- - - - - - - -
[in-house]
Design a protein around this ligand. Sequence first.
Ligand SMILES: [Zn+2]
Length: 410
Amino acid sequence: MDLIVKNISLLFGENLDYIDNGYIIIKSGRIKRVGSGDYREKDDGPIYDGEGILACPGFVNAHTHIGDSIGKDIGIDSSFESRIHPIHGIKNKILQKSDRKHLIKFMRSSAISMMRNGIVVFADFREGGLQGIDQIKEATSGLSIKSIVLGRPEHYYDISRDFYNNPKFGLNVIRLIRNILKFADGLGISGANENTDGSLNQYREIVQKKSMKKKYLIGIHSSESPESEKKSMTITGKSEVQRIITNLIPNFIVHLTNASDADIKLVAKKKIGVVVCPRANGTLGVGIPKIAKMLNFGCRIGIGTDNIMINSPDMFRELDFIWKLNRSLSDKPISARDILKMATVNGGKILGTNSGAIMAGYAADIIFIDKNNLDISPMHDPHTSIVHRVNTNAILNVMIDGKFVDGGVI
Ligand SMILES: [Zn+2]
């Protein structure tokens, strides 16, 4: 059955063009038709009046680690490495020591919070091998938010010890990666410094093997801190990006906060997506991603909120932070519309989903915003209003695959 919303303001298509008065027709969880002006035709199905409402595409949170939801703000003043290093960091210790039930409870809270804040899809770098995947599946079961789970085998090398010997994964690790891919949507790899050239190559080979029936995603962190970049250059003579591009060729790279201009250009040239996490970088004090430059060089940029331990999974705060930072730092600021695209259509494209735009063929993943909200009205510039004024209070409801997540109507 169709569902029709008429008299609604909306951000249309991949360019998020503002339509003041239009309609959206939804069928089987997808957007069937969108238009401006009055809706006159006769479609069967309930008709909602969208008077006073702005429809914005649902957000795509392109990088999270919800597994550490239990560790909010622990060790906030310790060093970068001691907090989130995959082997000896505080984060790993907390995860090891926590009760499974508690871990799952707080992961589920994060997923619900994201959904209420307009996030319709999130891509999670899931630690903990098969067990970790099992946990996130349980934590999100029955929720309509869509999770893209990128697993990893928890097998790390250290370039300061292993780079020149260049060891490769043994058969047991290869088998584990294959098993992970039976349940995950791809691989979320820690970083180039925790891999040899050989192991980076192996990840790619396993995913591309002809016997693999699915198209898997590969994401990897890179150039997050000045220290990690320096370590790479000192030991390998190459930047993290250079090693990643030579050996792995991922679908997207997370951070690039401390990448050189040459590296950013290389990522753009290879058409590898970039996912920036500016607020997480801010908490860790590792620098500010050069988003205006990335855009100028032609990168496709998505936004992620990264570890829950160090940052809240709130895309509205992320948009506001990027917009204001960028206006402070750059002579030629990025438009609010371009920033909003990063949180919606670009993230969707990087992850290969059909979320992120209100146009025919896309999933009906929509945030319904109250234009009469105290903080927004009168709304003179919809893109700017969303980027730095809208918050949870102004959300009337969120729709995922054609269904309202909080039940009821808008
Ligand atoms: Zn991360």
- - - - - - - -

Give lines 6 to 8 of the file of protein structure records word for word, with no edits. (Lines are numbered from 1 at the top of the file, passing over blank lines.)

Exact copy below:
Ligand SMILES: [Zn+2]
């Protein structure tokens, strides 16, 4: 059955063009038709009046680690490495020591919070091998938010010890990666410094093997801190990006906060997506991603909120932070519309989903915003209003695959 919303303001298509008065027709969880002006035709199905409402595409949170939801703000003043290093960091210790039930409870809270804040899809770098995947599946079961789970085998090398010997994964690790891919949507790899050239190559080979029936995603962190970049250059003579591009060729790279201009250009040239996490970088004090430059060089940029331990999974705060930072730092600021695209259509494209735009063929993943909200009205510039004024209070409801997540109507 169709569902029709008429008299609604909306951000249309991949360019998020503002339509003041239009309609959206939804069928089987997808957007069937969108238009401006009055809706006159006769479609069967309930008709909602969208008077006073702005429809914005649902957000795509392109990088999270919800597994550490239990560790909010622990060790906030310790060093970068001691907090989130995959082997000896505080984060790993907390995860090891926590009760499974508690871990799952707080992961589920994060997923619900994201959904209420307009996030319709999130891509999670899931630690903990098969067990970790099992946990996130349980934590999100029955929720309509869509999770893209990128697993990893928890097998790390250290370039300061292993780079020149260049060891490769043994058969047991290869088998584990294959098993992970039976349940995950791809691989979320820690970083180039925790891999040899050989192991980076192996990840790619396993995913591309002809016997693999699915198209898997590969994401990897890179150039997050000045220290990690320096370590790479000192030991390998190459930047993290250079090693990643030579050996792995991922679908997207997370951070690039401390990448050189040459590296950013290389990522753009290879058409590898970039996912920036500016607020997480801010908490860790590792620098500010050069988003205006990335855009100028032609990168496709998505936004992620990264570890829950160090940052809240709130895309509205992320948009506001990027917009204001960028206006402070750059002579030629990025438009609010371009920033909003990063949180919606670009993230969707990087992850290969059909979320992120209100146009025919896309999933009906929509945030319904109250234009009469105290903080927004009168709304003179919809893109700017969303980027730095809208918050949870102004959300009337969120729709995922054609269904309202909080039940009821808008
Ligand atoms: Zn991360």